The 6 Biggest Rapping Mistakes Most Rappers Make

The 6 Biggest Rapping Mistakes Most Rappers Make

B-Real Cypress hill

Check out these common mistakes in rapping, the quotes come from the books “How To Rap” and “How To Rap 2“…

1. Focusing too much on content

Brother Ali
I think flow is more important than great lyricism. I think if you had to have one and not the other, I would always go with flow over lyricism. There are people whose lyricism is great, but their flow makes it so I can’t listen to them. Because it’s music—at the end of the day, it’s music. You’re listening to it because of the feeling you get from it and the way that it makes you move and what it does to your soul and your spirit when you hear what’s going on. It’s music, and so before words are even involved in music, it really is about the feel.

2. Picking the wrong beats

B-Real, Cypress Hill
I pick beats by the way they hit me when I hear it. If it calls out to me in some sort of way, in any way, then I’ll most likely pick it to try to write something to it. If it doesn’t hit me at all, like not even interest me at all, then I’ll bypass it, it doesn’t matter whose beat it is. I have to feel comfortable on it—I have to be inspired by it and excited by it, otherwise it might not be a good song.

3. Copying other rappers’ styles

Esoteric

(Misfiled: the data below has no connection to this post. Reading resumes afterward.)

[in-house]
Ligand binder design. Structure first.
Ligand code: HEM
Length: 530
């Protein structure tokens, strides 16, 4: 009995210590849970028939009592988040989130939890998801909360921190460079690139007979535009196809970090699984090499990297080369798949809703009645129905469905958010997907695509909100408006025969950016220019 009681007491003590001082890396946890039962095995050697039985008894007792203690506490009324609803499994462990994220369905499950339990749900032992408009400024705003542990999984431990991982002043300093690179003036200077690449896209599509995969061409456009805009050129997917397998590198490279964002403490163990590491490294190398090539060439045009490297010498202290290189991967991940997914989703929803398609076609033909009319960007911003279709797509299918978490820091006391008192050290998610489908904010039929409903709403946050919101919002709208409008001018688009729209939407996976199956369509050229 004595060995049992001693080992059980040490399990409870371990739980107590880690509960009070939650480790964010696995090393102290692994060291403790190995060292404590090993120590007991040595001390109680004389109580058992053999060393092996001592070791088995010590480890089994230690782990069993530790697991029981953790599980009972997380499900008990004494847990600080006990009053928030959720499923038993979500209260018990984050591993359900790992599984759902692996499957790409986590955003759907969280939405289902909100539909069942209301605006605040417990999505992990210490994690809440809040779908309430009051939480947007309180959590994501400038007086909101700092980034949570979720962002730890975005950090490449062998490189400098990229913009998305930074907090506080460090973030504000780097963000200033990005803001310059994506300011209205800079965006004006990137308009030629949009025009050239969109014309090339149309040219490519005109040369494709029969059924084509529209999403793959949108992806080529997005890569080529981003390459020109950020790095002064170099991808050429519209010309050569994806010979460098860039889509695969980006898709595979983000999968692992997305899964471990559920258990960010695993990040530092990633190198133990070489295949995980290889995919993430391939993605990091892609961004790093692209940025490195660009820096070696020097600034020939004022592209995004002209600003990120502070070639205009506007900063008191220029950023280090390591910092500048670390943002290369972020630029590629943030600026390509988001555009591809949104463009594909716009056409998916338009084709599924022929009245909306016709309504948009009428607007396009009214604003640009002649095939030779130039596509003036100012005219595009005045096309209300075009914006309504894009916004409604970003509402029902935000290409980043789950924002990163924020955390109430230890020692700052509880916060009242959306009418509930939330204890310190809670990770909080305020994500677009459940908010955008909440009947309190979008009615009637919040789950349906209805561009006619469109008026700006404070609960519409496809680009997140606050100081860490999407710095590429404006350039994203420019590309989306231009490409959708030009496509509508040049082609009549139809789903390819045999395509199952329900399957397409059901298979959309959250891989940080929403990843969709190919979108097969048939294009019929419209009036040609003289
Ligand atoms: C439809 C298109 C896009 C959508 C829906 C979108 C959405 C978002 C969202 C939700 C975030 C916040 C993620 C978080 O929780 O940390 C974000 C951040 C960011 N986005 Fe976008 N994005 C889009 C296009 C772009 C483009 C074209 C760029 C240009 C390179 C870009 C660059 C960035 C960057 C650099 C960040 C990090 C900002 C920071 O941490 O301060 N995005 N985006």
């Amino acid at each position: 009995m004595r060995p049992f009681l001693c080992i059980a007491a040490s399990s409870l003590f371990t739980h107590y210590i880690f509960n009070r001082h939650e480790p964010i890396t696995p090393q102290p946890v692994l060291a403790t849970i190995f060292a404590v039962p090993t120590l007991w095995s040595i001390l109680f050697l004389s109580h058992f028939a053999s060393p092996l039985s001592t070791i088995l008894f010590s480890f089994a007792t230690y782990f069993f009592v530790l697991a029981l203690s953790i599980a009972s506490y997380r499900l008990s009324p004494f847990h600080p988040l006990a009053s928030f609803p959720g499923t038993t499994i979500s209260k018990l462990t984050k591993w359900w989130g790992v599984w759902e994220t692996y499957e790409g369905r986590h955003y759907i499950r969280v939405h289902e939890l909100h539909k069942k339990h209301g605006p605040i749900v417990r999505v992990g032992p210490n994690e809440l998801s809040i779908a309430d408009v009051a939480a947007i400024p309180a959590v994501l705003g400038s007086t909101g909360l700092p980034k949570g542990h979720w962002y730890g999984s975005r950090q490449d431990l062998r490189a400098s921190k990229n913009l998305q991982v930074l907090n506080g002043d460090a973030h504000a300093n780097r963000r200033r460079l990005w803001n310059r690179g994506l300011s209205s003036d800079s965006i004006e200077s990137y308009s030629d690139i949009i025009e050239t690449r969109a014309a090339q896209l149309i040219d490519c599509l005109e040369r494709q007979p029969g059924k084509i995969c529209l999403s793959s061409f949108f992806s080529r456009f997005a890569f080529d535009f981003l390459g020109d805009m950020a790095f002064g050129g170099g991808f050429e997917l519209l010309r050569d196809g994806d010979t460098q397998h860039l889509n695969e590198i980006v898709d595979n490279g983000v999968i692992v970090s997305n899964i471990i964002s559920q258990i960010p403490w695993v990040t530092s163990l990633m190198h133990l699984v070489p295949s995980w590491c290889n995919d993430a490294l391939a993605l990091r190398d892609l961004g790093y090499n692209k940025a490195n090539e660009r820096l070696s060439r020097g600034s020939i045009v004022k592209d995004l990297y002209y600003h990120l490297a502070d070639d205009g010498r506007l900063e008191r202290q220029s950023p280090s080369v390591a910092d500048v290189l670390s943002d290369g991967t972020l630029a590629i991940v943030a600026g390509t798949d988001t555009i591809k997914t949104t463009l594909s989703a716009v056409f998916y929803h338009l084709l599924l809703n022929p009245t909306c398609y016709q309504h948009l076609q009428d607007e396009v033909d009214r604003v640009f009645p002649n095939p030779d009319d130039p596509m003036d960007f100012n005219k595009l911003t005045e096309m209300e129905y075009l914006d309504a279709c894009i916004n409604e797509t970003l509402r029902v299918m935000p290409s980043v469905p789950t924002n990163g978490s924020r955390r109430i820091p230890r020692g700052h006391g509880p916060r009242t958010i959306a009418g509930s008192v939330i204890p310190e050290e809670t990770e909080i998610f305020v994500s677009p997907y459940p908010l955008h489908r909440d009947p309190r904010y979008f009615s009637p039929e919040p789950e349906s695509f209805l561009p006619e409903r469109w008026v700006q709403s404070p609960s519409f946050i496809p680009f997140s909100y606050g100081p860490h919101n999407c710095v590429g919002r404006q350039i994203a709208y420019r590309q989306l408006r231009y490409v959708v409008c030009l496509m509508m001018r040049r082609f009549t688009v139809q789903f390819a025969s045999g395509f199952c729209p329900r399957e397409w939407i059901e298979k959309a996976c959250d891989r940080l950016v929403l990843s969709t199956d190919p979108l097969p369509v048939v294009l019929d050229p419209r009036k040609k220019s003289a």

Don’t try to be the next whoever—be the first you. That’s a lot easier said than done, of course, because when I started rhyming, I was trying to sound like King Tee, or whoever was in my tape deck at that time.

4. Writing in your head

Evidence, Dilated Peoples
I know a couple of rappers who can write in their heads, and it’s really dope in the studio session itself, but the people who listen to your records don’t care—the people just want to like your music, they just want to enjoy it.

5. Not being on beat and in time to the music

Tech N9ne
Having the rhythm to being able to stay on beat, it made me sort of like a percussionist. I always wanted to play drums, so if you listen to my flow it’s like I’m beating on bongos or something.

6. Not spending time studying rapping and working on your craft

Big Pooh, Little Brother
Nobody becomes great overnight, I don’t care if you’re rapping, if you’re playing ball, whatever—nobody becomes great overnight. It’s a constant work in progress, and you have to constantly work. Practice—you gotta take it seriously, you gotta really want to elevate your game, you gotta really want to step your game up. You have to really want to do this for real—you can’t come at it with a half-assed attitude. If you really want to get better, you gotta work at it, man.

To read more rapping tips from legendary rappers, check out the books “How To Rap” and “How To Rap 2“…

 
 

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